"I am Kil'ruk. Some call me Wind-Reaver."
Some? He is not a paragon? Ninil'ko thought. Interesting. Why did the Klaxxi choose him as my Wakener?
"Bloodcaller," one of the Klaxxi'va said, "we require your aid. The cycle is in danger."
Ninil'ko pushed aside his curiosity over the third mantid. "Tell me what you need."
"The lesser creatures have invaded. The empress stands on the brink of annihilation," the other Klaxxi'va said.
Then replace her with another, Ninil'ko didn't say aloud. If the Klaxxi'va hadn't already prepared for that, there were mitigating factors and the option wasn't worth mentioning. "I must see the enemy's movements before I can form a plan."
Kil'ruk tilted his head slightly. He looked oddly distracted, but his voice was strong. "I can carry you, Bloodcaller. I will show you the enemy."
Ninil'ko glanced at the two Klaxxi'va. They both nodded.
"Let's go, Wakener."
Only one building on the Terrace of Gurthan had been completed in the six days since the mantid had been broken, though slaves had worked night and day to lay the foundations and construct walls for a dozen more. For now, the completed building would serve as a war room, Warlord Gurthan decided. When the mantid were utterly defeated, it would be a fitting place to receive ambassadors from the other mogu clans. They would undoubtedly seek his favor when all that land west of the Serpent's Spine suddenly became unoccupied.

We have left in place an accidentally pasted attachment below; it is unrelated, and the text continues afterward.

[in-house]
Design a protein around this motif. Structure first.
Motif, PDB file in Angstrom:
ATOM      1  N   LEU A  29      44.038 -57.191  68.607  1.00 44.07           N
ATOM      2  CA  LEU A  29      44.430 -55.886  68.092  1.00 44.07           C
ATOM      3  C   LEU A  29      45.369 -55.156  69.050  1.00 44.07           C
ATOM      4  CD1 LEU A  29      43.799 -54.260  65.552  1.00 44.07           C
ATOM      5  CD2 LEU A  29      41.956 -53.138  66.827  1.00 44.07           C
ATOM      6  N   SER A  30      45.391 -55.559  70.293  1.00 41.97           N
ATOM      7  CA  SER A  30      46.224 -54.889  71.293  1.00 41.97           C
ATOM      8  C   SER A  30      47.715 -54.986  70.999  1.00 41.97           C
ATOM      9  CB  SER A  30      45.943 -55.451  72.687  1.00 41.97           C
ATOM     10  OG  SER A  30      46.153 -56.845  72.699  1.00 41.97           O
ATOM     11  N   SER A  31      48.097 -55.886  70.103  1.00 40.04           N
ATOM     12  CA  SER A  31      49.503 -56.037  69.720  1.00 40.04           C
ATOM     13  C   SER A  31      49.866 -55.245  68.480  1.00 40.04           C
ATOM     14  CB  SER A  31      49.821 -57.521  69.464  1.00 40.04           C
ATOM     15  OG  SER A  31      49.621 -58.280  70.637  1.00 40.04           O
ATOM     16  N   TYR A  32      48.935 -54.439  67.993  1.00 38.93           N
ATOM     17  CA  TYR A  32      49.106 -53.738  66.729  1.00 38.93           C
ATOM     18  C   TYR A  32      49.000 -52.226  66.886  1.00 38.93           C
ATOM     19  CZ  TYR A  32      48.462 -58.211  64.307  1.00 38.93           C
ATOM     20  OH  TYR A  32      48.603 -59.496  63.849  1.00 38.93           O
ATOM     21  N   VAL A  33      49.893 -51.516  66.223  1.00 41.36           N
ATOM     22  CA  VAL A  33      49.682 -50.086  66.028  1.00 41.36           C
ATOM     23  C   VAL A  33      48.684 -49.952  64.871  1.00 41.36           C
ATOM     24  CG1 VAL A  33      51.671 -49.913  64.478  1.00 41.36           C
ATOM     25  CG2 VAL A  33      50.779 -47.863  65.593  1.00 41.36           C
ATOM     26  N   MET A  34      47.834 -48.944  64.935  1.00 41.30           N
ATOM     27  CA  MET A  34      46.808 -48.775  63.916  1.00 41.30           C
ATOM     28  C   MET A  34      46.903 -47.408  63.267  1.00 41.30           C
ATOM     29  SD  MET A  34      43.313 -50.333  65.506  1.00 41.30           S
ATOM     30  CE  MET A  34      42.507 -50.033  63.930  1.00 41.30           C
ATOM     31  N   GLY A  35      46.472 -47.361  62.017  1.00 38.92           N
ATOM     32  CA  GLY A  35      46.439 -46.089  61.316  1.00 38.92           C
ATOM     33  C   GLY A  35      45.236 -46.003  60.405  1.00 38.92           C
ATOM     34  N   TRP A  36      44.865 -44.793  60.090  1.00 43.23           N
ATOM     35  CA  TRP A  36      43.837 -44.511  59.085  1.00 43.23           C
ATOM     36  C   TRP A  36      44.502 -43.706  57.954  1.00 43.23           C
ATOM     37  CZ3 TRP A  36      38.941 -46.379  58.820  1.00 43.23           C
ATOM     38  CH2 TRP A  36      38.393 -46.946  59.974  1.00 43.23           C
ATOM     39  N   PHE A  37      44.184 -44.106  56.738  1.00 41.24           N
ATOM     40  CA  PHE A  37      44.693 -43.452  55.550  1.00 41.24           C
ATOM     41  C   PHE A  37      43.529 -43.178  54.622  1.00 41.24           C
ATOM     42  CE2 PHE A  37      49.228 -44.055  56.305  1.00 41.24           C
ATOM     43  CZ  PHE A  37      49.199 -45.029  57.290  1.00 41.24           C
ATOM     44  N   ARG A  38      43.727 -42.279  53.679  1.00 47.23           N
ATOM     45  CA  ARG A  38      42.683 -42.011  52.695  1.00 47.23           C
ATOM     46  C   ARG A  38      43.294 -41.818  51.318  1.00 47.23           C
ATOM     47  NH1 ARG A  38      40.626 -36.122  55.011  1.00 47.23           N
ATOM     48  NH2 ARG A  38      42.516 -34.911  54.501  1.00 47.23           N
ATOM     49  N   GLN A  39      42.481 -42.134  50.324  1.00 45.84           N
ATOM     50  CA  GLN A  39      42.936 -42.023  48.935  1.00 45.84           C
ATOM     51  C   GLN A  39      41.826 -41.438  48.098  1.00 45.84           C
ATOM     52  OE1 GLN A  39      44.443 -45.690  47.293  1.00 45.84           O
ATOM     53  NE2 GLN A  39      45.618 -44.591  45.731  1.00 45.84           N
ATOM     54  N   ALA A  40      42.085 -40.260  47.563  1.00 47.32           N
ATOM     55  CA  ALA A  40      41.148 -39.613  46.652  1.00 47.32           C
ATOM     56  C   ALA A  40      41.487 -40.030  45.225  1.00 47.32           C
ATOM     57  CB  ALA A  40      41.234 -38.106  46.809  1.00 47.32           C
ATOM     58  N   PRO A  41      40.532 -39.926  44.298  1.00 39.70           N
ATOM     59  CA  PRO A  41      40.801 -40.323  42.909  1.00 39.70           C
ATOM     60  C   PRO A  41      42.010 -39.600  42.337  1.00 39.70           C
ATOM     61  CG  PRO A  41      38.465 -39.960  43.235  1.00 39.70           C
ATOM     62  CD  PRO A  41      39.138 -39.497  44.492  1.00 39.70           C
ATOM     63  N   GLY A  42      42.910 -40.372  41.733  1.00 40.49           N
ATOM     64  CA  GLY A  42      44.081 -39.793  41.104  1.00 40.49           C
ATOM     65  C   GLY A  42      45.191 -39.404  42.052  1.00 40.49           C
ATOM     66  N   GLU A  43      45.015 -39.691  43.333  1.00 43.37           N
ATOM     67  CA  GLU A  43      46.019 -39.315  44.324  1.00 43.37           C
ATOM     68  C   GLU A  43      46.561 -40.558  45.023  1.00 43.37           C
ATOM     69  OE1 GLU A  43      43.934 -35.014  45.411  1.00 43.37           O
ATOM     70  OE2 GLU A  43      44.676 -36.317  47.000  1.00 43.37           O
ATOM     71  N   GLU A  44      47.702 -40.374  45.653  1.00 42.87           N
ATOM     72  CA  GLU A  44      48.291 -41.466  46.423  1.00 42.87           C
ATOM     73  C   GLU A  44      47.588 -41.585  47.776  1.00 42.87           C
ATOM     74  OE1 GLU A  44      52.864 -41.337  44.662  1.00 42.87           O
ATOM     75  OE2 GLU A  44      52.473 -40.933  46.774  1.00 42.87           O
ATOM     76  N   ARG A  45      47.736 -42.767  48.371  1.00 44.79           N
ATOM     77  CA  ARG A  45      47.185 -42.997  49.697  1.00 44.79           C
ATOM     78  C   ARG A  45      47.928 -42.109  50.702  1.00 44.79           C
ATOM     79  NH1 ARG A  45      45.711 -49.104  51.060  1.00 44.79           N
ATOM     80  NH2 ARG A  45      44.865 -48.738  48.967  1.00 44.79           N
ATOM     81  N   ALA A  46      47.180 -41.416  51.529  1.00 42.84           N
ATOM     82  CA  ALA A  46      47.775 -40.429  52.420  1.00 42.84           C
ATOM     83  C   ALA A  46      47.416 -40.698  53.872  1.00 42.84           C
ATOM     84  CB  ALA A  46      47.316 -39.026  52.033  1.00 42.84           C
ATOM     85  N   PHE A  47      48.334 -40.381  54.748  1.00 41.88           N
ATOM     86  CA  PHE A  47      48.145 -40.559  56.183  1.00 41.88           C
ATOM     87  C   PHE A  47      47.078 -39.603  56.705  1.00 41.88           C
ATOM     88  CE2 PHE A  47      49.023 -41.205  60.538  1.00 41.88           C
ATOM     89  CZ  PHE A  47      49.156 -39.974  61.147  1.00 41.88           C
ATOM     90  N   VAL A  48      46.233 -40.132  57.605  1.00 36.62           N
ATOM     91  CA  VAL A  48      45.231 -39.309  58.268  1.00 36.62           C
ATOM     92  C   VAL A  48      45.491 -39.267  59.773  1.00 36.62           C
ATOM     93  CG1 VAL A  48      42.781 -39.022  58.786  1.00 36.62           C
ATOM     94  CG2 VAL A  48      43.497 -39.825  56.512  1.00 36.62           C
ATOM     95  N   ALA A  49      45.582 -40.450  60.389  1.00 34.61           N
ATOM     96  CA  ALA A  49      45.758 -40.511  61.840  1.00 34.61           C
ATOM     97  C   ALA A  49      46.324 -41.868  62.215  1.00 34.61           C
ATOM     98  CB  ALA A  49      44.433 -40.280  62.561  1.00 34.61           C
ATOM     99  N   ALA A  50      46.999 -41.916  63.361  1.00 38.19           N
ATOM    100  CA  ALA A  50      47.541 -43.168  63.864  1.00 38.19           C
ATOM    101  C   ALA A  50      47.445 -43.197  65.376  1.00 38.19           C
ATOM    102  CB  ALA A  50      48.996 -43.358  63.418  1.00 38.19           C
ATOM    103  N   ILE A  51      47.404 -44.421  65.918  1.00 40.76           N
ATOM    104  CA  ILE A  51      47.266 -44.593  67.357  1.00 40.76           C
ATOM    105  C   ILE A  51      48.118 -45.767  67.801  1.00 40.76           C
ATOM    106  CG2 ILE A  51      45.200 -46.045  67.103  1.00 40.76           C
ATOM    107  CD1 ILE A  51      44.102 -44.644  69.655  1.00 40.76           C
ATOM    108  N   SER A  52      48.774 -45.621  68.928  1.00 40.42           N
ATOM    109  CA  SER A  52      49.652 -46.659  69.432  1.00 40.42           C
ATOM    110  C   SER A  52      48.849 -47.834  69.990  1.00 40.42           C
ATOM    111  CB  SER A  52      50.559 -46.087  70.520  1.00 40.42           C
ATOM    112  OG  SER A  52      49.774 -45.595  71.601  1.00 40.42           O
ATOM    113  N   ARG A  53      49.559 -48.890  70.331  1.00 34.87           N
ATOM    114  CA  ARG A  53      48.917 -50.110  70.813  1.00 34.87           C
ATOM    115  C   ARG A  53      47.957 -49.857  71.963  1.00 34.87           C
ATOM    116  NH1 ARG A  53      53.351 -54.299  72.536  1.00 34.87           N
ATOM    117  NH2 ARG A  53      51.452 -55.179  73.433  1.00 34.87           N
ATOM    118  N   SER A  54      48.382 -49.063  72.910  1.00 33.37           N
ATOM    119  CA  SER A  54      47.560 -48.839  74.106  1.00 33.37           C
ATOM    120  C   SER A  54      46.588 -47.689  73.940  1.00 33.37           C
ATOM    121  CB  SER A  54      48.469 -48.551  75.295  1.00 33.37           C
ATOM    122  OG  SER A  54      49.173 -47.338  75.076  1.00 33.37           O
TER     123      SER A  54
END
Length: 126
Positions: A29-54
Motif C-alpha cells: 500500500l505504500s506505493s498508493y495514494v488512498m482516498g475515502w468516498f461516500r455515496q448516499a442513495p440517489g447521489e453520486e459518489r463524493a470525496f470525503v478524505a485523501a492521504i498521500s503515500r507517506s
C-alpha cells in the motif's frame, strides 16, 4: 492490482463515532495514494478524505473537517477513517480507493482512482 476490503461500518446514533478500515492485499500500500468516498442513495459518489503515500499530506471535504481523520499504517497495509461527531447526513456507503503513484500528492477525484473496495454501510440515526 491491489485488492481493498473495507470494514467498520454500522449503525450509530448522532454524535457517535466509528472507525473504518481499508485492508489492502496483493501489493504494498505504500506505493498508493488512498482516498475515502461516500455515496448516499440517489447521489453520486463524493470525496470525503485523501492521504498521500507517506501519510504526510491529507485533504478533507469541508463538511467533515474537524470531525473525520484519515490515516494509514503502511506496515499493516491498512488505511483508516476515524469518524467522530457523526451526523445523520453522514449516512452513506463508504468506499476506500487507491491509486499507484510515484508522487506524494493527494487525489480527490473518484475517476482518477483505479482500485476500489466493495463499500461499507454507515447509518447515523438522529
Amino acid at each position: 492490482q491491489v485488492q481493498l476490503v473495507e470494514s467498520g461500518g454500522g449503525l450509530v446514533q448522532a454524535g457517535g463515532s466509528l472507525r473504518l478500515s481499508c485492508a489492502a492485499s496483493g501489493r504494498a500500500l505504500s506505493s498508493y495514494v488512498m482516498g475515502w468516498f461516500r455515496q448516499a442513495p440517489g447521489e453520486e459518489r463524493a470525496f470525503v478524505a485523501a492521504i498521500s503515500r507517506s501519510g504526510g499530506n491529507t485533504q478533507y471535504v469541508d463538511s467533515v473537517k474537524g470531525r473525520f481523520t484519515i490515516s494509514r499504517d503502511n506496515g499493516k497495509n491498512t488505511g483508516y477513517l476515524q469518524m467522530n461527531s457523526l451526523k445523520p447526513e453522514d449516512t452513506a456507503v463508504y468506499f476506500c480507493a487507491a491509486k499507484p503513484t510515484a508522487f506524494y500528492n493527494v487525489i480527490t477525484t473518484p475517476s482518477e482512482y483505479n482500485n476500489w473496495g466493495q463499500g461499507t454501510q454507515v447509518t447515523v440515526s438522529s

Fulmin led Warlord Gurthan inside. "I would like to show you something," the advisor said.
At the south end of the war room sat an unfamiliar object. "I've had this prepared for you over the past few days," Fulmin said. "It is finally ready."
Warlord Gurthan inspected the offering closely. It was a large urn, gilded in bronze. It seemed to shimmer, and he sensed residues of arcane energy drifting about like wafts of smoke near a stick of incense. "What is its purpose?"
"It occurred to me, Warlord, that when we finally kill the mantid queen, we will need a proper place to display her remains," Fulmin said.
The warlord's low laugh rumbled through the room. "I admire your foresight."
"Furthermore," the advisor added, "we may not even need to kill the empress to render her helpless."
"With a simple arcane spell, we can suspend the empress's spirit in this urn. Her physical form will vanish, but her mind will be trapped. It will be like a heavy sleep with troubled dreams," Fulmin said. "And if any of the other mogu doubt that you have truly conquered the mantid, you merely need to summon her spirit. Her very essence will be at your command. Her mind will be your trophy."
The warlord grimaced. "No. If the mantid know she is still alive, they might fight to save her. I won't give them a chance to bring her back."
"Ah," Fulmin said with a smile, "that is why I crafted the spell to be immutable to the mantid. They will not be able to damage the urn, much less free the spirit inside."
"It's too much of a risk."